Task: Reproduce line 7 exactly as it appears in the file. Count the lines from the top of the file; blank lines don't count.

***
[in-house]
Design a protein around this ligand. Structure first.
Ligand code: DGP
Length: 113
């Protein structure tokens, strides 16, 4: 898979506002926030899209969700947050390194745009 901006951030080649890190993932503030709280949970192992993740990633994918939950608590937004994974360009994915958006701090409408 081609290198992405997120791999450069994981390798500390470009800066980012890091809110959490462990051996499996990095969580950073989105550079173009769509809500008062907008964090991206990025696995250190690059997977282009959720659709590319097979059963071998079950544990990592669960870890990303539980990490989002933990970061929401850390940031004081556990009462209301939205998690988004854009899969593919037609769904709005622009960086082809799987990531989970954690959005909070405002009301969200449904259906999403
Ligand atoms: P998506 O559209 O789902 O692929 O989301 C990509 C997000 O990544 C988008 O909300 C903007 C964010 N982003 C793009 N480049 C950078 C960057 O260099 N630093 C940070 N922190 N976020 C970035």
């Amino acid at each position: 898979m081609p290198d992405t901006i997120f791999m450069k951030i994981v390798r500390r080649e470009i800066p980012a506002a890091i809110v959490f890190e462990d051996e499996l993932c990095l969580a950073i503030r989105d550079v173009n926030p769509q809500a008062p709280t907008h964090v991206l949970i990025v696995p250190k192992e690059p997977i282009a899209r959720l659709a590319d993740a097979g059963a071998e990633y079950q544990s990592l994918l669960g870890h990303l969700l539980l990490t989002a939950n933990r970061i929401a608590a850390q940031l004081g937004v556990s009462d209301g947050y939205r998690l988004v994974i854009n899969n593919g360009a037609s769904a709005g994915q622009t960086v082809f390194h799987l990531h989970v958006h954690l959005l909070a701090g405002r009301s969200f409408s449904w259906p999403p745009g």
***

């Amino acid at each position: 898979m081609p290198d992405t901006i997120f791999m450069k951030i994981v390798r500390r080649e470009i800066p980012a506002a890091i809110v959490f890190e462990d051996e499996l993932c990095l969580a950073i503030r989105d550079v173009n926030p769509q809500a008062p709280t907008h964090v991206l949970i990025v696995p250190k192992e690059p997977i282009a899209r959720l659709a590319d993740a097979g059963a071998e990633y079950q544990s990592l994918l669960g870890h990303l969700l539980l990490t989002a939950n933990r970061i929401a608590a850390q940031l004081g937004v556990s009462d209301g947050y939205r998690l988004v994974i854009n899969n593919g360009a037609s769904a709005g994915q622009t960086v082809f390194h799987l990531h989970v958006h954690l959005l909070a701090g405002r009301s969200f409408s449904w259906p999403p745009g």